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‘Money talks but wealth whispers’: An Irish man in Malta who caters to the super-rich

Wild Geese: Stephen Place runs a high-end concierge service in Malta

Stephen Place is the man people call when they don’t want to wait in a queue. Since his move to Malta in 2014, the former tour guide has transitioned from high-end holiday chaperone to boss of a luxury concierge service.

Whether securing last-minute tickets to a Grand Prix, opening a museum for a private tour or tracking down a particular Cartier bracelet, Place’s working hours go beyond the traditional 9-5.

Place Concierge offers 24-7 support for clients with memberships starting at €25,000 per year. It’s an eye-watering sum for the average person, and you would almost expect members to feel entitled to ring Place and his team at 3am for something as trivial as tracking down the lost TV remote down the side of the couch, never mind a last-minute visa. But Place insists that’s not what his clients are like.

“I describe them as the ‘wealth’ out of money talks but wealth whispers, so they won’t call us at 4am unless they’re really stuck,” he says. “If they’re calling, they need help like a medevac [medical evacuation] out of a skiing accident or, during Covid, we had medevacs to Istanbul, for example.”


These days Place often finds himself on private aircraft and in five-star hotels, shepherding clients on their travels, but he spent his formative years kicking footballs around the flats of Dublin’s northside.

“I grew up in Ballymun and I’m very proud of it. Quite a lot of successful people in life are from there,” he says.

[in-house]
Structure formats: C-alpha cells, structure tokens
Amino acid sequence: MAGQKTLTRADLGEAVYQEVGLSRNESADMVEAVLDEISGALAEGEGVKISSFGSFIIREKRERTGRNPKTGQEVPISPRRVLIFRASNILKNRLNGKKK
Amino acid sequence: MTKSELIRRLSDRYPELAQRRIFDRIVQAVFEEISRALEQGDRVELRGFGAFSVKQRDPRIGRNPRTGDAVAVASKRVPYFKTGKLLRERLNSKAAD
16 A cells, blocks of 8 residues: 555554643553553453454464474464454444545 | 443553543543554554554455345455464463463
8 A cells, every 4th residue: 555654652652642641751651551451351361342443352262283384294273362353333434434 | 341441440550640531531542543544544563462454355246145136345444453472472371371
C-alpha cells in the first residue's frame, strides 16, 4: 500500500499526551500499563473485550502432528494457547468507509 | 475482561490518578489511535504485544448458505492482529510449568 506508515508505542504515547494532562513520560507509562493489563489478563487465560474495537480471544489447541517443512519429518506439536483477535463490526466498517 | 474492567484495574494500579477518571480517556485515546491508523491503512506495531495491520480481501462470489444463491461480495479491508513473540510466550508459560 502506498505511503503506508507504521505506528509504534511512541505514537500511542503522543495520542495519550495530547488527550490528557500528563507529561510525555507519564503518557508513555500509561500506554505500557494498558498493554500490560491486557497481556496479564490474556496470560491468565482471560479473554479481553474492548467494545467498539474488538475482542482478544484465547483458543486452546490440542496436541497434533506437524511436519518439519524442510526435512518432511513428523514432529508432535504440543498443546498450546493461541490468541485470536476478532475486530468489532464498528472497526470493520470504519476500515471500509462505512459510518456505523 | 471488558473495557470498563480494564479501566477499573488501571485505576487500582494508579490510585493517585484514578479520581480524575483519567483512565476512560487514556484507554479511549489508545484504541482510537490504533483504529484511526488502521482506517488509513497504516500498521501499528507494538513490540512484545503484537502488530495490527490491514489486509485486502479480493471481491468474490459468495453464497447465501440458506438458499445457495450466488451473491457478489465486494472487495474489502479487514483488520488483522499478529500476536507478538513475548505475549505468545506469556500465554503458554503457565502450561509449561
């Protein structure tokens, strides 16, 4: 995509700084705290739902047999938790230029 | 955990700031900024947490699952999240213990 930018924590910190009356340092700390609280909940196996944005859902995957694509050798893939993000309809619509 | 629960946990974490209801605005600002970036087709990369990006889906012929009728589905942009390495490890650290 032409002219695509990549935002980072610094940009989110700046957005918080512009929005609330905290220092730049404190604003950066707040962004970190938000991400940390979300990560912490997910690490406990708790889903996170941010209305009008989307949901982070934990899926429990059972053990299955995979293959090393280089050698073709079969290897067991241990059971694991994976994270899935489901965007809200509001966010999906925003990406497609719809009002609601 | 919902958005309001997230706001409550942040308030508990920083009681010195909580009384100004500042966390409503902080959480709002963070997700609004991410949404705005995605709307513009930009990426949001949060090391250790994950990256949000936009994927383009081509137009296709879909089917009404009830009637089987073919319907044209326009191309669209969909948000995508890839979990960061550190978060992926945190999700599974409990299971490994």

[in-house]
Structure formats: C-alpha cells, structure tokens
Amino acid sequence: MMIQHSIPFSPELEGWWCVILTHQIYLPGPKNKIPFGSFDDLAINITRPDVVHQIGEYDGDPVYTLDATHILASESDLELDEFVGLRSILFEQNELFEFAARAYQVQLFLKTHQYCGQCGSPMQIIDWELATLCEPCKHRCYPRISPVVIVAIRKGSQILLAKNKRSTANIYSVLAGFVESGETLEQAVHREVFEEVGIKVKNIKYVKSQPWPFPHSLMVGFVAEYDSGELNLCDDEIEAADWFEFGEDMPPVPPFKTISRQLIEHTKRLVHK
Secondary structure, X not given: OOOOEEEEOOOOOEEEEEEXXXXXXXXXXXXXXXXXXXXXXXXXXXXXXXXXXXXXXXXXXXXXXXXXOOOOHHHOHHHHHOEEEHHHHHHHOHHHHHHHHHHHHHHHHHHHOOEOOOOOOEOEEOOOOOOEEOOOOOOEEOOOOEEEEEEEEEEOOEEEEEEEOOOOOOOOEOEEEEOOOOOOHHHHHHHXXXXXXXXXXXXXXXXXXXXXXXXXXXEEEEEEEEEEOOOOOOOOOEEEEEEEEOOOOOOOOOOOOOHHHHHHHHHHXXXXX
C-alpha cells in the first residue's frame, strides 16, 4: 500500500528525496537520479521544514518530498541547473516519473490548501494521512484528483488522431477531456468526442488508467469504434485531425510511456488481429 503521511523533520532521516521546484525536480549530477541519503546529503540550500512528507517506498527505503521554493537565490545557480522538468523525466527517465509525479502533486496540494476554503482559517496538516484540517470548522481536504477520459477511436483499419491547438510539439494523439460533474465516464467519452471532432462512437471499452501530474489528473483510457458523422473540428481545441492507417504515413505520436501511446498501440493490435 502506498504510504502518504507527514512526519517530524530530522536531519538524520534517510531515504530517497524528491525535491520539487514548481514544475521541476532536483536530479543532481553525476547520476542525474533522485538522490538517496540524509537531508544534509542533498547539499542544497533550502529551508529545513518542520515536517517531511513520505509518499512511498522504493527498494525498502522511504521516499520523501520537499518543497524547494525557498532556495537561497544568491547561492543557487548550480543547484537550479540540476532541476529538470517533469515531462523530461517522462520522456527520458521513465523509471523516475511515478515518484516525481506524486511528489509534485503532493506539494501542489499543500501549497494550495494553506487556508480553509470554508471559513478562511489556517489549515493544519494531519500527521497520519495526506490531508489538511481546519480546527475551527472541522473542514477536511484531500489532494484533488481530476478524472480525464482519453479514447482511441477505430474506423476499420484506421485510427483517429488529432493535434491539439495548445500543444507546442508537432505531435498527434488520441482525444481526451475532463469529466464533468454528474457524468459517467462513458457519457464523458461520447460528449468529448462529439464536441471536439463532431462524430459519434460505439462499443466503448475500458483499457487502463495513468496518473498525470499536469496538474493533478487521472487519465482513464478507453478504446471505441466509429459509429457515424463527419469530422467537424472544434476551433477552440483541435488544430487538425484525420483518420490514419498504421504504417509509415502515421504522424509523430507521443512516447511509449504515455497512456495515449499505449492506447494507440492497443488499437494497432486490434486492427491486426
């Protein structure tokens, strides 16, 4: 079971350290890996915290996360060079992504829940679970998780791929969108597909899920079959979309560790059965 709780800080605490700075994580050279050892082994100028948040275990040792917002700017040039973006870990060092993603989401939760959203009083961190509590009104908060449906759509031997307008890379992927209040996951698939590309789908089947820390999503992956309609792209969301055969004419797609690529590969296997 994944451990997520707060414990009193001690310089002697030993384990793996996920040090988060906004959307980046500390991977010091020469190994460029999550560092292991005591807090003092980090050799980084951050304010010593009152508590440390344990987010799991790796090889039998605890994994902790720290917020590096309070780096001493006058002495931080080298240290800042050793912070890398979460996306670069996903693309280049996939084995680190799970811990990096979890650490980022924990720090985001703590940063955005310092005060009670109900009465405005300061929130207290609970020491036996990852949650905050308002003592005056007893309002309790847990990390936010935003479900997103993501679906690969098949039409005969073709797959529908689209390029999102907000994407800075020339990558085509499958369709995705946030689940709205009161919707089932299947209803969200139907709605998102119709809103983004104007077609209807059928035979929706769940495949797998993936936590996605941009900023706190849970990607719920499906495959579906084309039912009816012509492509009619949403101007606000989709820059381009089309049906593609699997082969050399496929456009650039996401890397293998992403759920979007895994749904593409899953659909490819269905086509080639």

I could appeal to the savvy, discerning traveller by actually telling stories, not just puns

—  Stephen Place on his Wild Atlantic Way audio guides

Place comes from a family of 10. His father, Brendan snr, was a League of Ireland footballer and a Dublin City Fire Brigade chief.

After school he secured a soccer scholarship to the US and found himself living in Georgia with nine other Irish guys, but in the end a professional football career wasn’t meant to be.

Instead it was a trip home and a nudge from his brother, Michael, that set him on the road to his current career. “My brother was a tour guide for the Paddywagon buses, and he encouraged me to come with him for a bit but that’s how I got a thirst to be a tour guide,” says Place.

After a few years Place decided to get his own professional operator licence after spotting a gap in the market. “I could appeal to the savvy, discerning traveller by actually telling stories, not just puns,” he says.

Place decided to capitalise on the official launch of the Wild Atlantic Way as a route by creating his own audio guides on the area while leading boutique tours for small groups who wanted to see “the real Ireland”. Luckily for Place, his future wife, Liz, happened to be one of 14 Maltese women on a tour he was leading.

The chance meeting saw Place ditch the audio guide and follow his heart to Malta, where he started his business over with the encouragement of Liz, a company director and the chairwoman of Trade Malta.

“When I moved to Malta I started to come out of my shell and realised the world is much bigger than Ireland,” he says.

A flurry of high net-worth individuals have established an official presence on the Mediterranean island in recent years, attracted by a favourable tax regime, including developer Johnny Ronan. Place saw an opportunity and pivoted his offerings to tailor to the needs of this demographic.